Byline: Ambrosia Brody
SAN DIEGO — Renowned yacht designer Arthur DeFever, best known for his long-range cruising yachts and his contribution to the tuna boat industry, died April 10. He was 94.
The longtime naval architect died peacefully, with his family by his side, DeFever’s son, Don DeFever, confirmed to The Log.
Beloved for their traditional lines and sturdy construction, DeFever vessels are known worldwide — and are owned by everyday cruisers and royalty alike.
DeFever’s entry into boat design began in the 1950s, when he designed conversions of small naval vessels to tuna fishing bait boats. In 1954, he moved his naval architecture business to San Diego, where he began to design and build commercial tuna clippers for the San Diego fleet.
His name became well known, as he provided service to the burgeoning tuna fishing industry by offering designs for tuna seiners built by San Diego Marine Construction, and later to Campbell Industries, Mauricio, Martinac and Southwest Marine.
According to DeFever’s family, he helped to influence the modern tuna clipper design, developing boats with a bulbous bow, aft engine room, high-powered net and chase boats, helicopter spotting and many other innovations.
DeFever’s first yachts were built in the early 1960s. DeFever set out to design a seaworthy long-range cruising boat when friends in the Offshore Cruising Society, where he was a member, suggested he create a cruiser with the capability to make long runs up and down the Pacific Coast. DeFever subsequently designed pleasurecraft for the cruising club in the 38- to 54-foot range, according to the DeFever boat owners’ website, deverfercruisers.com. Several of these vessels still cruise along the Pacific Coast, including the vintage 1960 vessel Pau Hana II.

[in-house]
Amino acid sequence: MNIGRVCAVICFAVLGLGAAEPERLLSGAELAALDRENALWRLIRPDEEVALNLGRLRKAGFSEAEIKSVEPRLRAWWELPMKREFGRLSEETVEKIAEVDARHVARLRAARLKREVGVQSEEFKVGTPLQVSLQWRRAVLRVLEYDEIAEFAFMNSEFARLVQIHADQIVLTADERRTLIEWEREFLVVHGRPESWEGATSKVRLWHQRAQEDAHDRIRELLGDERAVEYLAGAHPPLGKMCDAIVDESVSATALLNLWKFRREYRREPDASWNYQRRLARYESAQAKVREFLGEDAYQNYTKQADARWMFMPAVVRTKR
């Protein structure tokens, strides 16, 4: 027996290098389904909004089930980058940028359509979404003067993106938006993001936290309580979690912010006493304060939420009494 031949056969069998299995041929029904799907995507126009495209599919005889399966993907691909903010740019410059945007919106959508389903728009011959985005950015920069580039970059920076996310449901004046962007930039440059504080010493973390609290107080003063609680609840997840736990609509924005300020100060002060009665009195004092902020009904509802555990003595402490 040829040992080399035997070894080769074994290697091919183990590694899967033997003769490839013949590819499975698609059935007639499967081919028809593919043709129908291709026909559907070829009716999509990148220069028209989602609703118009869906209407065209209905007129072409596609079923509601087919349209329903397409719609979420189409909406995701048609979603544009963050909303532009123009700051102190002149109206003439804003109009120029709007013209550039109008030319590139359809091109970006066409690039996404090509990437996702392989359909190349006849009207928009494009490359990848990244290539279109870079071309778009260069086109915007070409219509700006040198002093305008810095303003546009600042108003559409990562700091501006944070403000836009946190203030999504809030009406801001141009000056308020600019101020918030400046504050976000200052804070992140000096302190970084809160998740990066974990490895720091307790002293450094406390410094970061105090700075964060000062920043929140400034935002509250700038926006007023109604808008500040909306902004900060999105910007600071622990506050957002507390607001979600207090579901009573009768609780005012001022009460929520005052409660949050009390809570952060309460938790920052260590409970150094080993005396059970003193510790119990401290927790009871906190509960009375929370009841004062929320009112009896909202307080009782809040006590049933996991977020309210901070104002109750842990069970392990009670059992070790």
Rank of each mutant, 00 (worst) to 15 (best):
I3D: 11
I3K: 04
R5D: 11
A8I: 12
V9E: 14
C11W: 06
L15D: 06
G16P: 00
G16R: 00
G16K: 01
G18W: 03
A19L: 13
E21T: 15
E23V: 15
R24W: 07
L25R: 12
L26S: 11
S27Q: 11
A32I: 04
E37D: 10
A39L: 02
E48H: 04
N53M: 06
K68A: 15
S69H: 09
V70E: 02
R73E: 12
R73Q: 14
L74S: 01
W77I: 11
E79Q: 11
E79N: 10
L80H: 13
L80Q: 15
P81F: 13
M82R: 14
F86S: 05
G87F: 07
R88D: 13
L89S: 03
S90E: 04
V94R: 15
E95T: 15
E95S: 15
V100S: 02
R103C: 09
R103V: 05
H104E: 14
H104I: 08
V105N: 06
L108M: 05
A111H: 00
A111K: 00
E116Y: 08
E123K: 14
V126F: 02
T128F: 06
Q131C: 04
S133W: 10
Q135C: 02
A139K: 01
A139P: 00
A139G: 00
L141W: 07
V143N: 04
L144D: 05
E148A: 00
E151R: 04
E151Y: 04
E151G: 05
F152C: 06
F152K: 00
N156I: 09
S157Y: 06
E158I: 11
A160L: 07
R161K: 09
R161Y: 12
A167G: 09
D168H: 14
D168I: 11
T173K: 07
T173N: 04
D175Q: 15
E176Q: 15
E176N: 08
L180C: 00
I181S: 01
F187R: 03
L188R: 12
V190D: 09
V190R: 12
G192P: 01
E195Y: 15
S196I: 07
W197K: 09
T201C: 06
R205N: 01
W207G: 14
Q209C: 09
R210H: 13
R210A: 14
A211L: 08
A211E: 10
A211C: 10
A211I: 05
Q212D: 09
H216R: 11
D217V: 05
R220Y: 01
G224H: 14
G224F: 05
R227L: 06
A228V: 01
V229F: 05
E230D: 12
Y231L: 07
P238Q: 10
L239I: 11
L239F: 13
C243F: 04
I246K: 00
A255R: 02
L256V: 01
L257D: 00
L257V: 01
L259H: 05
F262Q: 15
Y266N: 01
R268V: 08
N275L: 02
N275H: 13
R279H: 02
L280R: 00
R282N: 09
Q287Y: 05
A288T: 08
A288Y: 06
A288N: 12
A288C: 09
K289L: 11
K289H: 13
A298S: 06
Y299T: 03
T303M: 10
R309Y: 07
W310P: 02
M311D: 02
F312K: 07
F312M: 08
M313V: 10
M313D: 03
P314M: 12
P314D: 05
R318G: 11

By the 1970s, DeFever began to build fiberglass vessels, moving away from the earlier wood and steel models. He answered clients’ demands for speed by designing vessels with hulls built for increased speed using larger engines.
According to a April 2009 Sea Magazine feature on DeFever by John Freeman, DeFever built more than 3,800 yachts. DeFever yachts were known for their long-range capabilities, and the boat builder was hired to design boats for royalty and the well-to-do — including a German beer baron for whom DeFever created a luxurious 154-footer. DeFever built vessels mostly in the 40- to 70-foot range.
“I feel I’ve accomplished quite a bit and made a lot of people happy,” DeFever said, in the Sea article. He was 90 at the time and still going strong — still going into the office every day, and still designing boats.
DeFever’s introduction to boating came at age 7, when the San Pedro native would make frequent trips to Catalina with his father, Edmond. By 17, DeFever built his first boat, a wooden rowboat, that he rowed solo to Catalina. After attending USC and UC Berkeley in the 1930s, he got a part-time job through his father in the Universal Studios art department, designing movie sets. He also spent time sketching wood-hull tuna boats.
By the early 1940s, DeFever was designing and constructing custom furniture for the Los Angeles and Hollywood elite. He became involved in military watercraft design and construction while working for San Pedro Boat Works during World War II. The melding of both passions resulted in a thriving career in yacht building.
DeFever yachts continue to be seen up and the Pacific Coast and worldwide. The annual DeFever Rendezvous continues to be a popular event with those who love his yacht designs.
According to his family, DeFever lived life to the fullest and enjoyed outdoor adventure. He cruised in his designs all over the world, was an avid sailboat racer at world and national championship levels, and he enjoyed hunting, fishing, spending time at Catalina Island and entertaining friends and family.
DeFever was involved in various organizations, including the Catalina Conservancy, Ducks Unlimited, the Maritime Museum of San Diego and the San Diego Zoological Society. He served as commodore of the San Diego Yacht Club in 1974 and was involved in the San Diego Association of Yacht Clubs, the Southern California Yachting Association and numerous other yachting organizations.
Arthur DeFever is survived by his wife, Ruth; daughter, Carolyn (and husband Doug); sons Arthur Jr. and Donald (and wife Nancy); three grandchildren: Joseph, Samuel and Daniel DeFever; a sister, Theresa; and a half-sister, Martha of Oostende, Belgium. He was preceded in death by his oldest son, Alan, and his first wife, Dulcie.
In lieu of flowers, donations can be made to the Catalina Conservancy, the San Diego Zoological Society or a charity of choice. Private services are to be scheduled.